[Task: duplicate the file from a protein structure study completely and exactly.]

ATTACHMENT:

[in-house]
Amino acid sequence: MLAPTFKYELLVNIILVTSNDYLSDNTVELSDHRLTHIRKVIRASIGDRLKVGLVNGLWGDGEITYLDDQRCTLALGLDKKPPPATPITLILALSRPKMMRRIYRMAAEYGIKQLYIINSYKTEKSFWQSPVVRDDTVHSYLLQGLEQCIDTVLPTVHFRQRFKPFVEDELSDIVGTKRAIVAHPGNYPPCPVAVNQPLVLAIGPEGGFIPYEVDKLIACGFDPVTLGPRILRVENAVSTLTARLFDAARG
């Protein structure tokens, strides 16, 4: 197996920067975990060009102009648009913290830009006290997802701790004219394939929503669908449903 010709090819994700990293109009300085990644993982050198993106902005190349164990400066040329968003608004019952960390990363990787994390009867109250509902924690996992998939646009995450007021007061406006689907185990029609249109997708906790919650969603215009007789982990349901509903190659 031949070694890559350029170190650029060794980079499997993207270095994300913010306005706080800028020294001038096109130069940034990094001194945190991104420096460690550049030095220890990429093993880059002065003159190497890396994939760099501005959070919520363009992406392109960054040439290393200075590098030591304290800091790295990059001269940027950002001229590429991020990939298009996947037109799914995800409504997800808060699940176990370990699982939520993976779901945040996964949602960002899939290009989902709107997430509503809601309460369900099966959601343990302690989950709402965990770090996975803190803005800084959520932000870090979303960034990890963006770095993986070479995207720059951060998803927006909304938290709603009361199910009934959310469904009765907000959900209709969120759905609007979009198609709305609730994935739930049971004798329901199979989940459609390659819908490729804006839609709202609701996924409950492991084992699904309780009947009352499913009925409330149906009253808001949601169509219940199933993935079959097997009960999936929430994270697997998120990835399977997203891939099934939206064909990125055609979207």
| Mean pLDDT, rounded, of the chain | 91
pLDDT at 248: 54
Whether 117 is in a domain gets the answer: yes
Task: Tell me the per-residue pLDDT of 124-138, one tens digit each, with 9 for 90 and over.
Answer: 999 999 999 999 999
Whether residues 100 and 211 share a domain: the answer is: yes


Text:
[in-house]
Amino acid sequence: MLAPTFKYELLVNIILVTSNDYLSDNTVELSDHRLTHIRKVIRASIGDRLKVGLVNGLWGDGEITYLDDQRCTLALGLDKKPPPATPITLILALSRPKMMRRIYRMAAEYGIKQLYIINSYKTEKSFWQSPVVRDDTVHSYLLQGLEQCIDTVLPTVHFRQRFKPFVEDELSDIVGTKRAIVAHPGNYPPCPVAVNQPLVLAIGPEGGFIPYEVDKLIACGFDPVTLGPRILRVENAVSTLTARLFDAARG
């Protein structure tokens, strides 16, 4: 197996920067975990060009102009648009913290830009006290997802701790004219394939929503669908449903 010709090819994700990293109009300085990644993982050198993106902005190349164990400066040329968003608004019952960390990363990787994390009867109250509902924690996992998939646009995450007021007061406006689907185990029609249109997708906790919650969603215009007789982990349901509903190659 031949070694890559350029170190650029060794980079499997993207270095994300913010306005706080800028020294001038096109130069940034990094001194945190991104420096460690550049030095220890990429093993880059002065003159190497890396994939760099501005959070919520363009992406392109960054040439290393200075590098030591304290800091790295990059001269940027950002001229590429991020990939298009996947037109799914995800409504997800808060699940176990370990699982939520993976779901945040996964949602960002899939290009989902709107997430509503809601309460369900099966959601343990302690989950709402965990770090996975803190803005800084959520932000870090979303960034990890963006770095993986070479995207720059951060998803927006909304938290709603009361199910009934959310469904009765907000959900209709969120759905609007979009198609709305609730994935739930049971004798329901199979989940459609390659819908490729804006839609709202609701996924409950492991084992699904309780009947009352499913009925409330149906009253808001949601169509219940199933993935079959097997009960999936929430994270697997998120990835399977997203891939099934939206064909990125055609979207």
| Mean pLDDT, rounded, of the chain | 91
pLDDT at 248: 54
Whether 117 is in a domain gets the answer: yes
Task: Tell me the per-residue pLDDT of 124-138, one tens digit each, with 9 for 90 and over.
Answer: 999 999 999 999 999
Whether residues 100 and 211 share a domain: the answer is: yes